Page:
I was a teachers’ pet in school. I tried to get that status in college and post-grad too, but had limited success there. That didn’t stop me from being in love with certain teachers who I thought were inspiring or added significant value to my life by sharing their knowledge and perspective. I had similar sentiments for people I came across early in my professional life too. I remember giving personalised thank you presents to everyone I learned something from on my first anniversary at Edelman.
In the last couple of years I came across a few other such people.
Oscar – he taught me how to drive and saw me through the process of getting a licence and reaching a point where I could actually drive (and not just claim that I’ve taken lessons in the past). He was precise and thorough. Mostly patient too, except the one time he wasn’t when I ended up crying at the end of the lesson. He reminded me I was his client because surely he feared I’d discontinue my lessons with him. But all I ever thought of him was that he knew a hundred times more than I did, he was my teacher, and I needed to do everything I could to make sure he couldn’t spot an error in my work. Everyone in my immediate circle of friends also went through him to get a UK licence, and I bored them to death with my Oscar stories. They still joke about how I was his favourite student because he mentioned me a couple of times to someone who learned from him after me. There is no non-creepy way to find out the truth, so I just laugh and enjoy every time that’s said because I’d LOVE to be his favourite student.
PS: He gave me a hug when I passed the test. C got a ‘you were lucky’ from him.
Lisa – she was my professional coach for a few months. With her I learned how to hold my ground, deal with difficult people, ask for things I think I deserve, not settle for shit I don’t deserve, and talk assertively. She taught me things that are all obvious, textbook, surviving in the corporate world tricks. Yet, not easy for introverted, anxious, obedient, brought-up-in-a-patriarchal-society characters like me. She unearthed the confidence that was buried deep inside me. I still don’t know if I met her at a time that was right or if she helped me create an environment that became right, but she was behind one of my most successful career years. And I can still do with more of her.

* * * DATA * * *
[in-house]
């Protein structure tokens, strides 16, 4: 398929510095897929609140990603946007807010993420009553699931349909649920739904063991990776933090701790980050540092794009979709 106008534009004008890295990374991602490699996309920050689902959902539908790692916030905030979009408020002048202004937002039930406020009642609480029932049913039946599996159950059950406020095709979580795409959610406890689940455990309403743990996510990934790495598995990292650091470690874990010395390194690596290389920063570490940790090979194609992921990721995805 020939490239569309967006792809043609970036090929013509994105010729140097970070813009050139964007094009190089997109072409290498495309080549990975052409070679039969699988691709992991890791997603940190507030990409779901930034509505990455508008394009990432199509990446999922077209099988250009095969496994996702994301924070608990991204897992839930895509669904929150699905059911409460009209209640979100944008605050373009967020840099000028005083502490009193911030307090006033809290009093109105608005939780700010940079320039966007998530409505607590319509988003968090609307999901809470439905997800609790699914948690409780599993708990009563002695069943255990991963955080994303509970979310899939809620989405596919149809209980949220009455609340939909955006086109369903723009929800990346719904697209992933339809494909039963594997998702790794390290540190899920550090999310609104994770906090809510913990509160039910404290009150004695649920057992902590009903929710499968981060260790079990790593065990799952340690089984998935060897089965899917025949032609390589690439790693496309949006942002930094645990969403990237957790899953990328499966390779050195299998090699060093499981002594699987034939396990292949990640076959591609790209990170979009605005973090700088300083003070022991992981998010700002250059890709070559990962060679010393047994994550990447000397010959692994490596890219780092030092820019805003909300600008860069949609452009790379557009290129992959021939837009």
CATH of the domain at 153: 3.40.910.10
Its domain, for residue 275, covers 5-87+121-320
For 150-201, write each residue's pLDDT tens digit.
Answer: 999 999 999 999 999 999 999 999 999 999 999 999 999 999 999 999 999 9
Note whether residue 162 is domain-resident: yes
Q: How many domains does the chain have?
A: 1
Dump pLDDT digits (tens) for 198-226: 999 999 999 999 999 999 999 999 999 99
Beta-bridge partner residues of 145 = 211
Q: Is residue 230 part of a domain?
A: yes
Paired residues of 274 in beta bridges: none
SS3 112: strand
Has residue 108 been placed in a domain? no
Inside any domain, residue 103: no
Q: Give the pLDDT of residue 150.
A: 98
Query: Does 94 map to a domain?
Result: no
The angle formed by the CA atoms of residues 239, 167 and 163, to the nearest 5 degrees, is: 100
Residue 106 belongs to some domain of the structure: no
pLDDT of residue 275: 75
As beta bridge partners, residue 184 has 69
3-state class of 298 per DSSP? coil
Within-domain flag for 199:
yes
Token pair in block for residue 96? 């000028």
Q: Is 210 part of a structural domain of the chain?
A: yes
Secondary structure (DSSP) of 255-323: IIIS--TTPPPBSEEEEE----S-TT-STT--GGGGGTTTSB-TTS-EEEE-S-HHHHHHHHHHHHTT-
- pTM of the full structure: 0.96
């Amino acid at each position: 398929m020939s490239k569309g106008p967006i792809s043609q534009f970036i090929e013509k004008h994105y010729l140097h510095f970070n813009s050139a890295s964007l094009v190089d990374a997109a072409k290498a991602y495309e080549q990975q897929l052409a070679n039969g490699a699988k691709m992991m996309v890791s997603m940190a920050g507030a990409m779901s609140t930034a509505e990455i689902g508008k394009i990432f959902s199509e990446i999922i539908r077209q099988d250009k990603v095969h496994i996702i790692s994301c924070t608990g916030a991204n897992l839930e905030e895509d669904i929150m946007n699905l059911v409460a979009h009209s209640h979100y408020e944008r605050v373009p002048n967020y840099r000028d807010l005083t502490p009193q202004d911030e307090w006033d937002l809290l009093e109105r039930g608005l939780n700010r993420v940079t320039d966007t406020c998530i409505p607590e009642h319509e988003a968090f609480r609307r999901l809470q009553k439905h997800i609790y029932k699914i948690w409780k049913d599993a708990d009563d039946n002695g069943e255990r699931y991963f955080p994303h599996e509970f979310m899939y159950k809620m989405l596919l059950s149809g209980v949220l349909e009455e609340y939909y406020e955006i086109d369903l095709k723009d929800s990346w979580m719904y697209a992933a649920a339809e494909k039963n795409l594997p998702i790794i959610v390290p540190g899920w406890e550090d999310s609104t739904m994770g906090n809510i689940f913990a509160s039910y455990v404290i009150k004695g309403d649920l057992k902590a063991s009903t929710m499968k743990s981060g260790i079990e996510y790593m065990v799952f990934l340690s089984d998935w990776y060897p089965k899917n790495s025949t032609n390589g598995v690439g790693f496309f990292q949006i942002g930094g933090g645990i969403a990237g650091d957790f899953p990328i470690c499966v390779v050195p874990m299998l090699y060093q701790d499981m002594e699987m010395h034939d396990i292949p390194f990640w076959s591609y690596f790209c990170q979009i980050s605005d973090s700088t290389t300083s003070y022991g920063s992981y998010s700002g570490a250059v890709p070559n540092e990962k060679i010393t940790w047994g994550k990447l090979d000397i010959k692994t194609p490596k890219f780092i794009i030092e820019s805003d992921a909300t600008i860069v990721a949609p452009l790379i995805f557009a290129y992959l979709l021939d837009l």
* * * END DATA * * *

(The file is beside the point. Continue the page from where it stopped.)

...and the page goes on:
Vicky – she’s the lady who helped me break the weight barrier after innumerable failed attempts. I was a sugar addict who didn’t know whom to talk to when I found out about her. And if this sounds grave, it IS so because I ate cakes, pastries, cookies, chocolates, biscuits, etc every single day. She lives in New Zealand (13 hours ahead of me in the summer) but I needed someone I could trust (she had helped a friend previously) so I didn’t mind early morning WhatsApp calls with her. She listened through my history, my weak points and foods I felt I couldn’t do without – and then helped me take small steps in the right direction. She was always positive and encouraging, and helped me understand that sustaining a change is more important than a short sprint aimed at losing a few kilos. She also gave me the confidence to stay on plan and make good food choices even with my intense travel schedules for work. With her, I lost 11 kilos and am forever grateful for that help.
Julia – she’s the one who’s helped me keep 10 of those 11 kilos off in the past 15 months. I now eat everything I like and go to Julia’s fitness classes. Unlike gyms and many other classes, hers are fun because she has a pleasant and authentic presence, coupled with genuine interest in people who’re in her class. She’s no hard taskmaster but brings enough energy with her for me to push myself and do more. I love her and miss her every time she goes on holiday. I spent a whole day feeling excited after attending her first online class during the pandemic lock-down!
The school of life is ongoing. I’m on the lookout for the next such teacher to walk in and shape my course.